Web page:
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Project by jrhovde posted 09-04-2012 07:52 PM 1807 views 3 times favorited 9 comments Add to Favorites Watch

This is my first woodworking project ever and I built it with the intention of saving money on a professionally built table. I’m now addicted to woodworking and I’m sure I’ve spent three times what I would have spent on a professionally made table, on woodworking tools.

I built this out of pine because I didn’t want to invest a ton of money into something that I didn’t know if I could do. It’s stained with Minwax English Chestnut and topped with way too many coats of polyurethane.

The table is 8ft long and 43” wide if memory serves. I inlaid an 1-1/8” steel band around the table and hide it underneath. It’s there just for looks.

What I’ve learned (and I’m sure you all have known for a long time): you can put on too many coats of poly, glue doesn’t stain so make sure it’s all gone, always buy clamps, and don’t stain and varnish in your own house even if it is winter outside and you’re impatient.





9 comments so far

View MarkTheFiddler's profile

MarkTheFiddler

1907 posts in 935 days


#1 posted 09-04-2012 09:59 PM

I’d say tou did a really nice job with that pine. Great table!

-- Thanks for all the lessons!

View Jim Jakosh's profile

Jim Jakosh

12329 posts in 1852 days


#2 posted 09-04-2012 11:00 PM

That is a real nice first project. How many coats do you consider too many for polyurethane? Like more that 12?
Read my story on the one about Poly: http://lumberjocks.com/projects/38318

...............Jim

-- Jim Jakosh.....Practical Wood Products...........Learn something new every day!! Variety is the Spice of Life!!

View whitebeast88's profile

whitebeast88

3600 posts in 936 days


#3 posted 09-04-2012 11:13 PM

great looking table.woodworking is very addictive

-- Marty.Athens,AL

View Oldtool's profile

Oldtool

1917 posts in 937 days


#4 posted 09-05-2012 01:04 AM

Really nice job, beautiful piece of furniture. Now you have the tools and experience, you can fill the house with new furniture.

-- "I am a firm believer in the people. If given the truth, they can be depended upon to meet any national crisis. The point is to bring them the real facts." - Abraham Lincoln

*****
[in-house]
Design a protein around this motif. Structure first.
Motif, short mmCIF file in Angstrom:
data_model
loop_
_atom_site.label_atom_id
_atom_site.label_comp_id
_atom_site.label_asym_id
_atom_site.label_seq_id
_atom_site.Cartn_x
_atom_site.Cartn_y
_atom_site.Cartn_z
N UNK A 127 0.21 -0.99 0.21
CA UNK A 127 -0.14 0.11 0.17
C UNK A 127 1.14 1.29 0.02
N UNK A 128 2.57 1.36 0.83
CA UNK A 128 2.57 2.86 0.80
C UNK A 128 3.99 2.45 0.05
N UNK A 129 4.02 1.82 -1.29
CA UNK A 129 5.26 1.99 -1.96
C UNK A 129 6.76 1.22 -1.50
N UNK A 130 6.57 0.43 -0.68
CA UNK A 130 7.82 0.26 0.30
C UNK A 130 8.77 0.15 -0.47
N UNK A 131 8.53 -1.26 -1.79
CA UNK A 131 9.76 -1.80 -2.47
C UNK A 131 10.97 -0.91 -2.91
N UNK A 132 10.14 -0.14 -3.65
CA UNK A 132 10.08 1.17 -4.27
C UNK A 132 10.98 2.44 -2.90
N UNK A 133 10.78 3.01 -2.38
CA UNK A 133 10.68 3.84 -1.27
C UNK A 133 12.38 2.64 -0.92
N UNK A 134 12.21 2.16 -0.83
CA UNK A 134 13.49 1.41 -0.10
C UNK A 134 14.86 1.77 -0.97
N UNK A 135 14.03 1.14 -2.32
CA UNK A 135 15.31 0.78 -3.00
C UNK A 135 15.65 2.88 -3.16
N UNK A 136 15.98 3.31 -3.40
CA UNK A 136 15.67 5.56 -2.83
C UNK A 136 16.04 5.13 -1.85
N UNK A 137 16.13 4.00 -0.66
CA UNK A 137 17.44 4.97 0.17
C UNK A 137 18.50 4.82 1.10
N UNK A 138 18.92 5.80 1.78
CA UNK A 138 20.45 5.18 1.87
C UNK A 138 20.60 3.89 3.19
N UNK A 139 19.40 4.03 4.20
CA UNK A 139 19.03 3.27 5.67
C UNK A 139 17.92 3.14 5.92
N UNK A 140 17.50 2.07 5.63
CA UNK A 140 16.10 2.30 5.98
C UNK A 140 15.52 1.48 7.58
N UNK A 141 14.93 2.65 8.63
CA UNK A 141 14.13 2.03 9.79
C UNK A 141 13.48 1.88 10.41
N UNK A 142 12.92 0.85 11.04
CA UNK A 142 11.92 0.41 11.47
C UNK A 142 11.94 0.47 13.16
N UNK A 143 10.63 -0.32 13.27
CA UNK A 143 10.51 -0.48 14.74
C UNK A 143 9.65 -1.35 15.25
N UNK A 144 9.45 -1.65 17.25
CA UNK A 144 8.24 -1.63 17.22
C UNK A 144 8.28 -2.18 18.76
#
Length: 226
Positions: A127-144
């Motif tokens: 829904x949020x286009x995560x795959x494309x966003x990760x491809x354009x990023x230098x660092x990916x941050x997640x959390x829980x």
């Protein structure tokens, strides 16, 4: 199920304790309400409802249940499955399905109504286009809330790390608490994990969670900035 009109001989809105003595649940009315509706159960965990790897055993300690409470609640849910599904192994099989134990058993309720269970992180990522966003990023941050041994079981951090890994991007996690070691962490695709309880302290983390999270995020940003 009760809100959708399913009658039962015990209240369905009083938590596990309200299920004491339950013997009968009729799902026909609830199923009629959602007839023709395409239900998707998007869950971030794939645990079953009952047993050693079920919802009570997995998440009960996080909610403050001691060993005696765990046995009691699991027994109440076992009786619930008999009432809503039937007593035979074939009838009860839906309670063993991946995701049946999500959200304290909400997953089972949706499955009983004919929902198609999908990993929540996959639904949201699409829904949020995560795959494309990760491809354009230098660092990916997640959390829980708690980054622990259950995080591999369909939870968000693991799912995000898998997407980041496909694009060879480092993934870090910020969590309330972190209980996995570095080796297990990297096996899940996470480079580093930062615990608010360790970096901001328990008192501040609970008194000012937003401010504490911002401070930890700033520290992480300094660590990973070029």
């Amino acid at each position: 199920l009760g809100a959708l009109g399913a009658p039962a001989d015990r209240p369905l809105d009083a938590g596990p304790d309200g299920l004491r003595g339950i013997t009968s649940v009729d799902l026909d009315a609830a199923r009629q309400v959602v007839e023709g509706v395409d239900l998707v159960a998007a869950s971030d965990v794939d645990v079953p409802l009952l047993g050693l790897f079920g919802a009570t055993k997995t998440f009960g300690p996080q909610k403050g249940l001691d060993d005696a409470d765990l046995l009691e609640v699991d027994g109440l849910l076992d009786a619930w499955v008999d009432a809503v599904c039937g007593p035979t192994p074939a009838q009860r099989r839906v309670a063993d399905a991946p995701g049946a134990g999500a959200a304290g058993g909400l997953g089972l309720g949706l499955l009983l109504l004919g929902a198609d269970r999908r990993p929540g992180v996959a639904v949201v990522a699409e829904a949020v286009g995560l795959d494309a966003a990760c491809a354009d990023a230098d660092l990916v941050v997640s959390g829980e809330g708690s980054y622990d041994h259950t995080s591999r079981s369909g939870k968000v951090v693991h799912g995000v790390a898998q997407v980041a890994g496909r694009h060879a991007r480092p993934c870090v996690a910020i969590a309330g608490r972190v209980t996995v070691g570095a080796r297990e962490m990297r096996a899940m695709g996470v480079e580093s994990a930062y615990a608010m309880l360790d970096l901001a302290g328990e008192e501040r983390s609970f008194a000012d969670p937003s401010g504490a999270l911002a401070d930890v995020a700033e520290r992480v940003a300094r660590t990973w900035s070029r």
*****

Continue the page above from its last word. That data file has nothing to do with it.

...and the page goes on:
View Benboy's profile

Benboy

101 posts in 1008 days


#5 posted 09-05-2012 01:35 AM

Just remember, money spent buying tools instead of buying stuff that tools can help you build is always money well spent.

-- If I can't make it, I probably don't need it.

View Monte Pittman's profile

Monte Pittman

15450 posts in 1084 days


#6 posted 09-05-2012 08:27 AM

Looks great. Didn’t know you could put on too many coats of polyurethane. :-)

This is the greatest addiction ever.

-- Mother Nature created it, I just assemble it.

View amateur's profile

amateur

91 posts in 1404 days


#7 posted 09-05-2012 09:32 AM

A lot of projects are posted on this site. I don’t click on them all, only the ones that catch my eye. I clicked on yours. Nice job. Welcome to the addiction. We all understand.

View exelectrician's profile

exelectrician

1750 posts in 1173 days


#8 posted 09-07-2012 04:50 AM

Nope you cannot put on too many coats of poly. Heres a photo of one of my first projects. It has 8 coats of thin polyurethane,

gently sanded every coat. Now 10 years later still looks like new.

-- Love thy neighbour as thyself

View jrhovde's profile

jrhovde

10 posts in 966 days


#9 posted 09-07-2012 01:32 PM

Thanks for looking at my project. I think I put about nine coats of poly on and after three coats the wood shined and looked beautiful but after the ninth coat it has a dingy and dull look to it. I applied the poly and sanded inbetween each coat and used a tack cloth. Jim, I did not wait a long time between sanding and applying a coat.
If you know what I did wrong I’m open to suggestions.

Thanks for the help.

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